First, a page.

S2E5 // The Dark Side of Product Business

November 14, 2018

Okay, so if you think building a product-based business sounds super dreamy, we’re here to get real and talk about the darker side of product and retail business. In this episode of Making a Business, we’re digging into consumerism, waste, and the ever-lurking copycat.

Learn More about the Topics Discussed in this Episode
"We have to balance what consumers want with what consumers will pay for."
- Emily Thompson

Discussed in this Episode

  • Balancing being a minimalist with asking other people to buy more of your stuff
  • Finding packaging as a product/retail business and managing packaging waste
  • Balancing what a customer asks for with what a customer will pay for
  • Consumer education
  • Dealing with copy-cats in product business

More from Kathleen

Braid Creative

More from Emily

Almanac Supply Co.

Transcript

Emily Thompson 0:00
And from Being Boss, this is Making a Business.

Kathleen Shannon 0:05
A podcast about starting a business from scratch and overcoming the obstacles face when pursuing your dreams. I'm Kathleen Shannon.

Emily Thompson 0:13
And I'm Emily Thompson.

Kathleen Shannon 0:22
In this miniseries, we're following Emily's journey as she jumps into life as a maker and retailer with her new creative endeavor Almanac Supply Company.

Kathleen Shannon 0:38
In our last episode, Emily laid out some insider info into how she sources and stocks not only her retail products, but the products she makes as well. In this episode, we're diving into the darker sides of running a maker and retail business. We're exploring topics like consumerism, waste, and the ever lurking copycat.

Kathleen Shannon 1:02
Okay, let's talk about the darker side of making a business, especially a retail business. Because, as you know, a couple of bosses who, I wouldn't say that were minimalists, but minimalist leaning, right?

Emily Thompson 1:18
We like to get rid of shit.

Kathleen Shannon 1:19
Yeah. And so then how do you balance that with then trying to convince people with buying more stuff. And that stuff being yours.

Emily Thompson 1:29
It's hard. And all the topics we're about to cover has weighed on me a ton. And it's one of those things like, I wonder if I'm just overthinking things, but like, I think the world may need a little more overthinking in realms like this to like help us get through. Um, and I'm still working on it. So I don't actually have an answer to that question. But one of the things that David keeps telling me is that whether or not we're doing it, they're buying it from somewhere, we may as well do it as sustainably as we can. And we're consistently trying to get better because we know that there are things that that we're cutting short on at the moment to do the thing that we can improve as time goes by. And as we have more resources to do it. But in a way, we can see it as our responsibility to create the thing in a more sustainable, responsible way. That gives people the opportunity to buy it with that sort of intention behind it, as opposed to buying it from some big box that doesn't give a shit. If it's, you know, using too much plastic or if it's recycled, recyclable at all, or if it's post consumer or any of those things. So the current way that I am dealing with this is by reminding myself that, if not from me, they would be buying things from someone else. So I might as well do it in a way that I think more things should be created, knowing that I'm putting a little bit more good into the world. And that I'm helping people in that way.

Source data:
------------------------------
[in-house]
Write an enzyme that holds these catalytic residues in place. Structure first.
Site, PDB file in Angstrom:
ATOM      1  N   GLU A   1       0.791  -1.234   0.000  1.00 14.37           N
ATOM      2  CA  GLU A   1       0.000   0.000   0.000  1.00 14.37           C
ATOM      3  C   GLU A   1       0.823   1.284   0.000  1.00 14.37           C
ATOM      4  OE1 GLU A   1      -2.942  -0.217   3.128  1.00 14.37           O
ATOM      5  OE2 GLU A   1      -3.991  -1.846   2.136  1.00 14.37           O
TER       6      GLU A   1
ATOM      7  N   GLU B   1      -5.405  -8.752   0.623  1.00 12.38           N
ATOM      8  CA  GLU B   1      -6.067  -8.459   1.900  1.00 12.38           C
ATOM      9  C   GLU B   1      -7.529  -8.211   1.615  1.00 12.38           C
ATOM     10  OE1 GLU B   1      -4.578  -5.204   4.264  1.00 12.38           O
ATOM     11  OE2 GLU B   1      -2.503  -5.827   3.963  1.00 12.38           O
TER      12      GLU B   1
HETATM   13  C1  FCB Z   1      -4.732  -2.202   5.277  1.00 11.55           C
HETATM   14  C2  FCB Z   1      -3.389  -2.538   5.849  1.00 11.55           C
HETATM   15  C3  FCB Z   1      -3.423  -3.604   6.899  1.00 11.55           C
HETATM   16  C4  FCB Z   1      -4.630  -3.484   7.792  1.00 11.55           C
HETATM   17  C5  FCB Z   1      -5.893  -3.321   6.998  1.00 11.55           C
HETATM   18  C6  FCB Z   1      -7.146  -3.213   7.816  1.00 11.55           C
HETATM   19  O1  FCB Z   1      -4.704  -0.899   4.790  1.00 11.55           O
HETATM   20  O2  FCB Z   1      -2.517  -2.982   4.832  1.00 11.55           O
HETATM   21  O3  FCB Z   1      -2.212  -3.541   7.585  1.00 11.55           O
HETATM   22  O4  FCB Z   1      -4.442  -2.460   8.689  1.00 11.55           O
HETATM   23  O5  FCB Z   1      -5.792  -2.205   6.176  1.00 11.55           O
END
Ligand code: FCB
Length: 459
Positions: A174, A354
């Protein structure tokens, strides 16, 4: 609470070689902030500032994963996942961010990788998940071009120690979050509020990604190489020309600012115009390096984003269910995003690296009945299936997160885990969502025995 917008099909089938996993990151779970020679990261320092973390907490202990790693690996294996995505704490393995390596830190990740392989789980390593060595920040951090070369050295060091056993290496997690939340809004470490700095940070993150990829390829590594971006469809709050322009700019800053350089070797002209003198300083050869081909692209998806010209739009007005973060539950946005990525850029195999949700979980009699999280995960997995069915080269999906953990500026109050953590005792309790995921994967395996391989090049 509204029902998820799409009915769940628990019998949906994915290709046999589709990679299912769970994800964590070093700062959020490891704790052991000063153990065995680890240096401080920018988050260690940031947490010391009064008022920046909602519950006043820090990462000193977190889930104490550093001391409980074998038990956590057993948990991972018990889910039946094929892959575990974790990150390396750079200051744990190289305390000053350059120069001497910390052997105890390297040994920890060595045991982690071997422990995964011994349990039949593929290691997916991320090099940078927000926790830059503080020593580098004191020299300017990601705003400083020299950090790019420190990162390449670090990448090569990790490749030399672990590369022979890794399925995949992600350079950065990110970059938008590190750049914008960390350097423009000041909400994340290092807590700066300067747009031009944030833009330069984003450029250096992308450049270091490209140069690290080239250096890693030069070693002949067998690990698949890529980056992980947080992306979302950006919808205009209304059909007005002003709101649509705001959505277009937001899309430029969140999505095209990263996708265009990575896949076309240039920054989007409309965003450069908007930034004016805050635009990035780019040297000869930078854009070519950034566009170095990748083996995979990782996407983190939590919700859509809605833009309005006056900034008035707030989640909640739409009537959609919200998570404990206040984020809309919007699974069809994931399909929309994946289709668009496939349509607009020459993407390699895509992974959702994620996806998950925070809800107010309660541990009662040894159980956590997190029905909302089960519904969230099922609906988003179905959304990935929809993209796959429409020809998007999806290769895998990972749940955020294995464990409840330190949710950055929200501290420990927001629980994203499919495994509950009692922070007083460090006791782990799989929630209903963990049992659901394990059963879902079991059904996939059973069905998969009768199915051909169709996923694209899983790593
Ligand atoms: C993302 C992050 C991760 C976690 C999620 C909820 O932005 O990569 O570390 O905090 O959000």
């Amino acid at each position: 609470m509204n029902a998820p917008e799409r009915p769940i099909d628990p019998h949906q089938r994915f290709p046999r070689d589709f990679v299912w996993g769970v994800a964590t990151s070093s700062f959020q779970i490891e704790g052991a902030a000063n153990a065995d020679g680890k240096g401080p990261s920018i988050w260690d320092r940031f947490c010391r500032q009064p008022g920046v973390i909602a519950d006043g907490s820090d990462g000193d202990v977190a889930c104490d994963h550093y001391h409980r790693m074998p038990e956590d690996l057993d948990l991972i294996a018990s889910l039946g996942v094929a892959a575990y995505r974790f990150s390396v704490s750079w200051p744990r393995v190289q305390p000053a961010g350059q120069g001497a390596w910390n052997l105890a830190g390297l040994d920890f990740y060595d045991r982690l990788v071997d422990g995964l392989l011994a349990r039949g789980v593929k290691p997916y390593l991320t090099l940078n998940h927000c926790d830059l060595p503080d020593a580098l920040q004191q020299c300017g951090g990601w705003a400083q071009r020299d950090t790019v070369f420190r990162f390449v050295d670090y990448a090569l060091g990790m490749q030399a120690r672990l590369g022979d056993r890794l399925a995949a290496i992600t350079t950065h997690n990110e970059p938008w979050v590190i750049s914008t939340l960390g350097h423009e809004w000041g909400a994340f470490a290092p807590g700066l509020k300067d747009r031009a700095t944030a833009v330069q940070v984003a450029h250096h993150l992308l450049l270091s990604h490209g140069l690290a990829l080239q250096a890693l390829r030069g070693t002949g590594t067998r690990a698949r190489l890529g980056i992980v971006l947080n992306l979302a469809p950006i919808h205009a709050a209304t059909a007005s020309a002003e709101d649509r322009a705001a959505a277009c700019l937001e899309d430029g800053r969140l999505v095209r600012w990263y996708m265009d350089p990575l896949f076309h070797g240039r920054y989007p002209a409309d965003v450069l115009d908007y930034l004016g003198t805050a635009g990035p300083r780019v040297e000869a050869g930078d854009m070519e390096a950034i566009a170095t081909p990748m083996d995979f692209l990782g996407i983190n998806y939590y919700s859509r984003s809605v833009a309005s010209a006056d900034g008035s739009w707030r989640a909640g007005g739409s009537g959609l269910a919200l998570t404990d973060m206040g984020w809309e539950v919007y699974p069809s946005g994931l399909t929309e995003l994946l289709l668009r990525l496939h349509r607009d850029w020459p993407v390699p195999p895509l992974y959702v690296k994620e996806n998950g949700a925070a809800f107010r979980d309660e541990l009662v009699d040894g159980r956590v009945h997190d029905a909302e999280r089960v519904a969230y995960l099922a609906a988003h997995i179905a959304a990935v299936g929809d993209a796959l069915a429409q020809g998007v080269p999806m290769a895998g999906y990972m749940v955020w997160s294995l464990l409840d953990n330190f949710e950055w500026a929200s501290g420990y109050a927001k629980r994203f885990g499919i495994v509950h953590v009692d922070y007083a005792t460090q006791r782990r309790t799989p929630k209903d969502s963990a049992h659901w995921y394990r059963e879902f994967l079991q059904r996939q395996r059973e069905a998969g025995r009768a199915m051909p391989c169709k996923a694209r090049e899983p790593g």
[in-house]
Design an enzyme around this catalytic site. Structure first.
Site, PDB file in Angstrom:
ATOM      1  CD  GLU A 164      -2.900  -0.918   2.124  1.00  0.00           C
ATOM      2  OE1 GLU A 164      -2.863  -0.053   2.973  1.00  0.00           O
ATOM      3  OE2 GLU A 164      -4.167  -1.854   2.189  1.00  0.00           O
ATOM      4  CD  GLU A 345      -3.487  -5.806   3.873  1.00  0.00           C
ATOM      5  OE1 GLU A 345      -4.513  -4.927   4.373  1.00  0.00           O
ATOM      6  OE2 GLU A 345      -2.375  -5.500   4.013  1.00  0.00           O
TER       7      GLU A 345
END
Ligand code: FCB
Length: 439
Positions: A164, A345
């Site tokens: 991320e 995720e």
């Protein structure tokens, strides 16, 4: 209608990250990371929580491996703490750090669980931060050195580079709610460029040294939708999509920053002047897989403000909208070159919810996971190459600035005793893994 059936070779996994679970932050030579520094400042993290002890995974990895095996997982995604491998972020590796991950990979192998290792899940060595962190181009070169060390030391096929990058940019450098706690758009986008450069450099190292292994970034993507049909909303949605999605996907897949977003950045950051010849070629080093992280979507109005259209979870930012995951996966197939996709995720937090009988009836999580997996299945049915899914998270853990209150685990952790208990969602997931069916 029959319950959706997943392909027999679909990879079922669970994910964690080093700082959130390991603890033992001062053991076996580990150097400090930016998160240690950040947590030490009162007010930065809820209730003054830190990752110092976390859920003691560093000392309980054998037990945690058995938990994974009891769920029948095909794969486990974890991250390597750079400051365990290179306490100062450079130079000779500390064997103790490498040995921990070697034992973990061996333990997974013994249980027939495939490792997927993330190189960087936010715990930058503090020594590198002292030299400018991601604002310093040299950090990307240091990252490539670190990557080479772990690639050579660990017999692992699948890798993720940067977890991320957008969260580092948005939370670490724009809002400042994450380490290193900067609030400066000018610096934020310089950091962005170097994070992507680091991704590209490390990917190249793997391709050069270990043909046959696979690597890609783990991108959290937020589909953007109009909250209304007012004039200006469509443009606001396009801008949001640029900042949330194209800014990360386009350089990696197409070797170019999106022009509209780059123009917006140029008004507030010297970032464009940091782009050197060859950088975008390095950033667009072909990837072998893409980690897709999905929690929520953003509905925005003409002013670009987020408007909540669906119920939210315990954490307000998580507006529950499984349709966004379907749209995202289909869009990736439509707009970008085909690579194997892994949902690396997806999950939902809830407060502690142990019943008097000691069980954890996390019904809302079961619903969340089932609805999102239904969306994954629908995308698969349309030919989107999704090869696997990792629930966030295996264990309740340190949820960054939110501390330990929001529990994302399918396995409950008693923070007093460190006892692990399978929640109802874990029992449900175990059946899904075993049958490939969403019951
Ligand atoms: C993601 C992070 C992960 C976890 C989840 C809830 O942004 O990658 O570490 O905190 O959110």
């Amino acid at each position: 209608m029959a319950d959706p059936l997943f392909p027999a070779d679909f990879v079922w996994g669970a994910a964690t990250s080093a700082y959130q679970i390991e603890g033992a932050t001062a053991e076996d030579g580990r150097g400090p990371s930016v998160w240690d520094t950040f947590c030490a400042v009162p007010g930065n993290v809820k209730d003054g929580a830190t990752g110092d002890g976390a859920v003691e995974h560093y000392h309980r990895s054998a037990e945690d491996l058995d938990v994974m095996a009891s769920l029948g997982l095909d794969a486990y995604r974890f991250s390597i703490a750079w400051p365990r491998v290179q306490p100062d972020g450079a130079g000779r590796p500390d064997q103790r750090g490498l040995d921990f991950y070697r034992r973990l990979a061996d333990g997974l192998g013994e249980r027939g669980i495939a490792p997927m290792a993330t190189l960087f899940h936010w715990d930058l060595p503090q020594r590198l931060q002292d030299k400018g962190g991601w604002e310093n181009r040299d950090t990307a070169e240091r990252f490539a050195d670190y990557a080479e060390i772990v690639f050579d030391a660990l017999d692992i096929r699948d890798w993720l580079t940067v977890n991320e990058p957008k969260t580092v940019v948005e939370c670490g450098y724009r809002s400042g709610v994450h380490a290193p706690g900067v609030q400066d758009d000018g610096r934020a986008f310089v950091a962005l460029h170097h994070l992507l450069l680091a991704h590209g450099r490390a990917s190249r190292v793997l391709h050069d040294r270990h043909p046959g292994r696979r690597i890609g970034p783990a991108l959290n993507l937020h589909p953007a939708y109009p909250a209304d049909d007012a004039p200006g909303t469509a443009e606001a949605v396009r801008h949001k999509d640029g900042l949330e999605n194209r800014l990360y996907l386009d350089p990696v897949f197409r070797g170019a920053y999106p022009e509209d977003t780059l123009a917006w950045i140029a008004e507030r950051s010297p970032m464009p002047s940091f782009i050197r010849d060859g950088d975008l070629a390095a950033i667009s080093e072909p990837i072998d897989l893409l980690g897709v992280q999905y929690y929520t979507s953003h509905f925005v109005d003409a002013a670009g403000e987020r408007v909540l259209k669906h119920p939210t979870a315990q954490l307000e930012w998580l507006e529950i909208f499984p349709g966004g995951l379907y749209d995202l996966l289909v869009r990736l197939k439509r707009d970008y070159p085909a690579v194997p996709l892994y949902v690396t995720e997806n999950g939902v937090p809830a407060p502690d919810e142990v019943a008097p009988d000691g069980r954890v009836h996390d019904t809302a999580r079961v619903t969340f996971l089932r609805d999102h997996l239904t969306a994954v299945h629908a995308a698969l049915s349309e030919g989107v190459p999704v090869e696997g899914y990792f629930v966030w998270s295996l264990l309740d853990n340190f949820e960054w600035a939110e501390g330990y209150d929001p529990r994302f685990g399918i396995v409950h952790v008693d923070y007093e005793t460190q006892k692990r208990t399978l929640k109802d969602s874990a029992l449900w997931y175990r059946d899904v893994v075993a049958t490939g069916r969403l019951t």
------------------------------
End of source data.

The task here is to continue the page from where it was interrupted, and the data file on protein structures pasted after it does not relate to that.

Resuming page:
Kathleen Shannon 3:09
Right. And so whenever it comes to just consuming, right buying things that you don't even necessarily need, like a candle.

Emily Thompson 3:18
Or a rock.

Kathleen Shannon 3:18
A candle or a rock, right? I think this is where a very strong sense of mission and purpose comes into your business.

Emily Thompson 3:27
Yes, and knowing what those things support. So you know, for me, you're supporting a legit family, me and David and our kid Lily. But we're also being very adamant about making sure that a portion of our proceeds go to a local Land Trust, which is a place that's preserving like 17,000 acres here on the Tennessee River. It's a place in an organization that we've met with and you know, had chats with several of them and have really enjoyed engaging with and for purposes that we hardcore believe in. And we are trying to source all of our things as sustainably and as responsibly as possible. So, yes, we have had to really hunker down on our mission in a way that's still accessible. And where we absolutely know that we have places where we can and will improve so that we can make sense of creating and selling more things like candles in glass containers or rocks that are pulled from the earth in a way that makes sense. And that we feel good about and that hopefully that will add some extra like good Juju to other people who are buying them as well.

Kathleen Shannon 4:40